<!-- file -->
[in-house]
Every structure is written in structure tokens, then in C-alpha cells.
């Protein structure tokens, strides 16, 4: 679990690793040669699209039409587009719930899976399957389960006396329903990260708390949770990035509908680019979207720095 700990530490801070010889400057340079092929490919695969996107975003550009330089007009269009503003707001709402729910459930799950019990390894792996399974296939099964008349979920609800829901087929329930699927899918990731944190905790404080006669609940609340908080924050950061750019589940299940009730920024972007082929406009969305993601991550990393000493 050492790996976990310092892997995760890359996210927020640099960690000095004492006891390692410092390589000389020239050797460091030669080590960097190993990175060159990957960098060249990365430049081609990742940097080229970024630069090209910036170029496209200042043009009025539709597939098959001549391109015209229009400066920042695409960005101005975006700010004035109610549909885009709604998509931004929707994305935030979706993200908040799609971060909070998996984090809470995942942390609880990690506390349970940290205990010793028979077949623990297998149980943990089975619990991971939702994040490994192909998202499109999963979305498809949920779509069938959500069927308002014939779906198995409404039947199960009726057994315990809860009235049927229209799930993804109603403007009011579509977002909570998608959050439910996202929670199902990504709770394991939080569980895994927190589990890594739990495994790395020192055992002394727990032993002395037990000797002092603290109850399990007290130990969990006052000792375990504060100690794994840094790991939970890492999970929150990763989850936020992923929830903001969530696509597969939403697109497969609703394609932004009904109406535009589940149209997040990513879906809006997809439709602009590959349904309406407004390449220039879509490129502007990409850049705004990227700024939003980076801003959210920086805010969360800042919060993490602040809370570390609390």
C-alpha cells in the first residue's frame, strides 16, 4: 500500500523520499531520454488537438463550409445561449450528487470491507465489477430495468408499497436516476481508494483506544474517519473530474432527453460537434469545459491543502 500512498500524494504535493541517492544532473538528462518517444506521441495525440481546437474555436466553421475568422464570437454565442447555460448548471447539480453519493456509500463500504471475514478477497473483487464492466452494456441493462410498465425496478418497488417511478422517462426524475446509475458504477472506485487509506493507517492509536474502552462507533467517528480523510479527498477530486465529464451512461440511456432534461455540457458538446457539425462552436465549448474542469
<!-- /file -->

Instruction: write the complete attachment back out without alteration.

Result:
[in-house]
Every structure is written in structure tokens, then in C-alpha cells.
């Protein structure tokens, strides 16, 4: 679990690793040669699209039409587009719930899976399957389960006396329903990260708390949770990035509908680019979207720095 700990530490801070010889400057340079092929490919695969996107975003550009330089007009269009503003707001709402729910459930799950019990390894792996399974296939099964008349979920609800829901087929329930699927899918990731944190905790404080006669609940609340908080924050950061750019589940299940009730920024972007082929406009969305993601991550990393000493 050492790996976990310092892997995760890359996210927020640099960690000095004492006891390692410092390589000389020239050797460091030669080590960097190993990175060159990957960098060249990365430049081609990742940097080229970024630069090209910036170029496209200042043009009025539709597939098959001549391109015209229009400066920042695409960005101005975006700010004035109610549909885009709604998509931004929707994305935030979706993200908040799609971060909070998996984090809470995942942390609880990690506390349970940290205990010793028979077949623990297998149980943990089975619990991971939702994040490994192909998202499109999963979305498809949920779509069938959500069927308002014939779906198995409404039947199960009726057994315990809860009235049927229209799930993804109603403007009011579509977002909570998608959050439910996202929670199902990504709770394991939080569980895994927190589990890594739990495994790395020192055992002394727990032993002395037990000797002092603290109850399990007290130990969990006052000792375990504060100690794994840094790991939970890492999970929150990763989850936020992923929830903001969530696509597969939403697109497969609703394609932004009904109406535009589940149209997040990513879906809006997809439709602009590959349904309406407004390449220039879509490129502007990409850049705004990227700024939003980076801003959210920086805010969360800042919060993490602040809370570390609390």
C-alpha cells in the first residue's frame, strides 16, 4: 500500500523520499531520454488537438463550409445561449450528487470491507465489477430495468408499497436516476481508494483506544474517519473530474432527453460537434469545459491543502 500512498500524494504535493541517492544532473538528462518517444506521441495525440481546437474555436466553421475568422464570437454565442447555460448548471447539480453519493456509500463500504471475514478477497473483487464492466452494456441493462410498465425496478418497488417511478422517462426524475446509475458504477472506485487509506493507517492509536474502552462507533467517528480523510479527498477530486465529464451512461440511456432534461455540457458538446457539425462552436465549448474542469